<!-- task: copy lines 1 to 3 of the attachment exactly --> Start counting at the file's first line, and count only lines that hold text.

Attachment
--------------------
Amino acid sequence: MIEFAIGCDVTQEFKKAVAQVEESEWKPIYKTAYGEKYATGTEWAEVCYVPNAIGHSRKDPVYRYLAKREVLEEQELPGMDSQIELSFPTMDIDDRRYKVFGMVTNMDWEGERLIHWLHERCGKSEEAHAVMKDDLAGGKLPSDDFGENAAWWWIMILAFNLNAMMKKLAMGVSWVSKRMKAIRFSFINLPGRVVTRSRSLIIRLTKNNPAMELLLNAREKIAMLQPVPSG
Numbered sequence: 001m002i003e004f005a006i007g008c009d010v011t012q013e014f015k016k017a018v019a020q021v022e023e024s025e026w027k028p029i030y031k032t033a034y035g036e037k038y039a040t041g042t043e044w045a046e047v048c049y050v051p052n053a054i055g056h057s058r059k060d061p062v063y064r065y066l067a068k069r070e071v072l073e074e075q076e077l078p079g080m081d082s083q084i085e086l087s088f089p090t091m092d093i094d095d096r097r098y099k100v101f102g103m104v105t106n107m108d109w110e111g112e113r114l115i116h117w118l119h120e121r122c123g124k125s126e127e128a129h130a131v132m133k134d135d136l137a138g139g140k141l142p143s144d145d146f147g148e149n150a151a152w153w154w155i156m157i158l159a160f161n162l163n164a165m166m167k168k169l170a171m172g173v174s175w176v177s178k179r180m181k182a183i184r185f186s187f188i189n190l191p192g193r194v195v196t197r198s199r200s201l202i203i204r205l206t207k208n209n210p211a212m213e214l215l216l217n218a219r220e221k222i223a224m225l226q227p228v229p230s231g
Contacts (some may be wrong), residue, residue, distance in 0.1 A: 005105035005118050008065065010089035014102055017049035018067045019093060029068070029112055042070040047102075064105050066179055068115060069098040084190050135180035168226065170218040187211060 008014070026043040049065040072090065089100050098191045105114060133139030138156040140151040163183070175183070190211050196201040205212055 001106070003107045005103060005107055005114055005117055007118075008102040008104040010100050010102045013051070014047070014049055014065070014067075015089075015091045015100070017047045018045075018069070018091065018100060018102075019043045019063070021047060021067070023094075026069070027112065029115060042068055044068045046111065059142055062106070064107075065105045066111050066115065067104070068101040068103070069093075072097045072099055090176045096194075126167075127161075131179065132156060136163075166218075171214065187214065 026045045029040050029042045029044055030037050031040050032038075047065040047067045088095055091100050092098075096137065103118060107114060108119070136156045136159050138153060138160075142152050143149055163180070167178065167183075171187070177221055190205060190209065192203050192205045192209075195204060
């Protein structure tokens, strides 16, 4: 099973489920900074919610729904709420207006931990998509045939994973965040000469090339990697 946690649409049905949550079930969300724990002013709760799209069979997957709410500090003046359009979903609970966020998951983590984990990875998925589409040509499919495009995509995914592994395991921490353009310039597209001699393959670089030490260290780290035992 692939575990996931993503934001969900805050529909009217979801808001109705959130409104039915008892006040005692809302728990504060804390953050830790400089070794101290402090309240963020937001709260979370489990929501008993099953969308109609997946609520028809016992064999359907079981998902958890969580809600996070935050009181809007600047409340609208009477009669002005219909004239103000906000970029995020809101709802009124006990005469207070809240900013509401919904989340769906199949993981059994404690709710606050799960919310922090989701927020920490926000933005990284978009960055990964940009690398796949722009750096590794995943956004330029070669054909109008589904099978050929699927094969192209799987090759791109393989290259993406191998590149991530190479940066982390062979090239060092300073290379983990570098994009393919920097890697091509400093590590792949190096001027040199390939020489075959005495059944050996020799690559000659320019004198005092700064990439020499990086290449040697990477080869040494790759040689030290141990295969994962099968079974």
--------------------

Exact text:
Amino acid sequence: MIEFAIGCDVTQEFKKAVAQVEESEWKPIYKTAYGEKYATGTEWAEVCYVPNAIGHSRKDPVYRYLAKREVLEEQELPGMDSQIELSFPTMDIDDRRYKVFGMVTNMDWEGERLIHWLHERCGKSEEAHAVMKDDLAGGKLPSDDFGENAAWWWIMILAFNLNAMMKKLAMGVSWVSKRMKAIRFSFINLPGRVVTRSRSLIIRLTKNNPAMELLLNAREKIAMLQPVPSG
Numbered sequence: 001m002i003e004f005a006i007g008c009d010v011t012q013e014f015k016k017a018v019a020q021v022e023e024s025e026w027k028p029i030y031k032t033a034y035g036e037k038y039a040t041g042t043e044w045a046e047v048c049y050v051p052n053a054i055g056h057s058r059k060d061p062v063y064r065y066l067a068k069r070e071v072l073e074e075q076e077l078p079g080m081d082s083q084i085e086l087s088f089p090t091m092d093i094d095d096r097r098y099k100v101f102g103m104v105t106n107m108d109w110e111g112e113r114l115i116h117w118l119h120e121r122c123g124k125s126e127e128a129h130a131v132m133k134d135d136l137a138g139g140k141l142p143s144d145d146f147g148e149n150a151a152w153w154w155i156m157i158l159a160f161n162l163n164a165m166m167k168k169l170a171m172g173v174s175w176v177s178k179r180m181k182a183i184r185f186s187f188i189n190l191p192g193r194v195v196t197r198s199r200s201l202i203i204r205l206t207k208n209n210p211a212m213e214l215l216l217n218a219r220e221k222i223a224m225l226q227p228v229p230s231g
Contacts (some may be wrong), residue, residue, distance in 0.1 A: 005105035005118050008065065010089035014102055017049035018067045019093060029068070029112055042070040047102075064105050066179055068115060069098040084190050135180035168226065170218040187211060 008014070026043040049065040072090065089100050098191045105114060133139030138156040140151040163183070175183070190211050196201040205212055 001106070003107045005103060005107055005114055005117055007118075008102040008104040010100050010102045013051070014047070014049055014065070014067075015089075015091045015100070017047045018045075018069070018091065018100060018102075019043045019063070021047060021067070023094075026069070027112065029115060042068055044068045046111065059142055062106070064107075065105045066111050066115065067104070068101040068103070069093075072097045072099055090176045096194075126167075127161075131179065132156060136163075166218075171214065187214065 026045045029040050029042045029044055030037050031040050032038075047065040047067045088095055091100050092098075096137065103118060107114060108119070136156045136159050138153060138160075142152050143149055163180070167178065167183075171187070177221055190205060190209065192203050192205045192209075195204060